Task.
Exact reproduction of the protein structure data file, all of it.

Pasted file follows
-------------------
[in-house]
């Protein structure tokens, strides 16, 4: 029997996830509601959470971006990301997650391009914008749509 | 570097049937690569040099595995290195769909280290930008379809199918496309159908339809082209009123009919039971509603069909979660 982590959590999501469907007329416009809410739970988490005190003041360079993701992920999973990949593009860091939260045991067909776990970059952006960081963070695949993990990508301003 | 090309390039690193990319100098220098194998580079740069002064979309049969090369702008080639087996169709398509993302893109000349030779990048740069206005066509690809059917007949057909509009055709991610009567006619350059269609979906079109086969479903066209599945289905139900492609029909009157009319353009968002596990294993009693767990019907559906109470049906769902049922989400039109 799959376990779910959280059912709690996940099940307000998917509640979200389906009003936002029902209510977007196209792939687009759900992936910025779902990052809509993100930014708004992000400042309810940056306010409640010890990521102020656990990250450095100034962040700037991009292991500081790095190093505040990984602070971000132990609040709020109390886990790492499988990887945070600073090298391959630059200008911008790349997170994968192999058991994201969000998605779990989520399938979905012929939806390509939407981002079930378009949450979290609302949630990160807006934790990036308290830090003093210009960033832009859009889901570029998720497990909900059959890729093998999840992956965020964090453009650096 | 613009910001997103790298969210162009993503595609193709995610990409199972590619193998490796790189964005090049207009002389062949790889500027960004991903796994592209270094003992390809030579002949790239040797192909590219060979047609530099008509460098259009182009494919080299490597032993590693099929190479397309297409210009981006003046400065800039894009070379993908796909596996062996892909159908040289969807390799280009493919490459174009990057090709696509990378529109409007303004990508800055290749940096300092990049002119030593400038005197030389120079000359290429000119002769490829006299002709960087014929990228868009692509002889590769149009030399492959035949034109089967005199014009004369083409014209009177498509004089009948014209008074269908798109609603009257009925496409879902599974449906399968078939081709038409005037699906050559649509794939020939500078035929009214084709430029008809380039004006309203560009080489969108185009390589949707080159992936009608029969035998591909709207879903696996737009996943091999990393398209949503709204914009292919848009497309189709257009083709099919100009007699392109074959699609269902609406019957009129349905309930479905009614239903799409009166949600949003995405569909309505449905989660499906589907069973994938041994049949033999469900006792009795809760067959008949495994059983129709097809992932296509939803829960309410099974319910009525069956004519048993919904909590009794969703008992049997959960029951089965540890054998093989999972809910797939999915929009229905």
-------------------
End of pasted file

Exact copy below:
[in-house]
């Protein structure tokens, strides 16, 4: 029997996830509601959470971006990301997650391009914008749509 | 570097049937690569040099595995290195769909280290930008379809199918496309159908339809082209009123009919039971509603069909979660 982590959590999501469907007329416009809410739970988490005190003041360079993701992920999973990949593009860091939260045991067909776990970059952006960081963070695949993990990508301003 | 090309390039690193990319100098220098194998580079740069002064979309049969090369702008080639087996169709398509993302893109000349030779990048740069206005066509690809059917007949057909509009055709991610009567006619350059269609979906079109086969479903066209599945289905139900492609029909009157009319353009968002596990294993009693767990019907559906109470049906769902049922989400039109 799959376990779910959280059912709690996940099940307000998917509640979200389906009003936002029902209510977007196209792939687009759900992936910025779902990052809509993100930014708004992000400042309810940056306010409640010890990521102020656990990250450095100034962040700037991009292991500081790095190093505040990984602070971000132990609040709020109390886990790492499988990887945070600073090298391959630059200008911008790349997170994968192999058991994201969000998605779990989520399938979905012929939806390509939407981002079930378009949450979290609302949630990160807006934790990036308290830090003093210009960033832009859009889901570029998720497990909900059959890729093998999840992956965020964090453009650096 | 613009910001997103790298969210162009993503595609193709995610990409199972590619193998490796790189964005090049207009002389062949790889500027960004991903796994592209270094003992390809030579002949790239040797192909590219060979047609530099008509460098259009182009494919080299490597032993590693099929190479397309297409210009981006003046400065800039894009070379993908796909596996062996892909159908040289969807390799280009493919490459174009990057090709696509990378529109409007303004990508800055290749940096300092990049002119030593400038005197030389120079000359290429000119002769490829006299002709960087014929990228868009692509002889590769149009030399492959035949034109089967005199014009004369083409014209009177498509004089009948014209008074269908798109609603009257009925496409879902599974449906399968078939081709038409005037699906050559649509794939020939500078035929009214084709430029008809380039004006309203560009080489969108185009390589949707080159992936009608029969035998591909709207879903696996737009996943091999990393398209949503709204914009292919848009497309189709257009083709099919100009007699392109074959699609269902609406019957009129349905309930479905009614239903799409009166949600949003995405569909309505449905989660499906589907069973994938041994049949033999469900006792009795809760067959008949495994059983129709097809992932296509939803829960309410099974319910009525069956004519048993919904909590009794969703008992049997959960029951089965540890054998093989999972809910797939999915929009229905």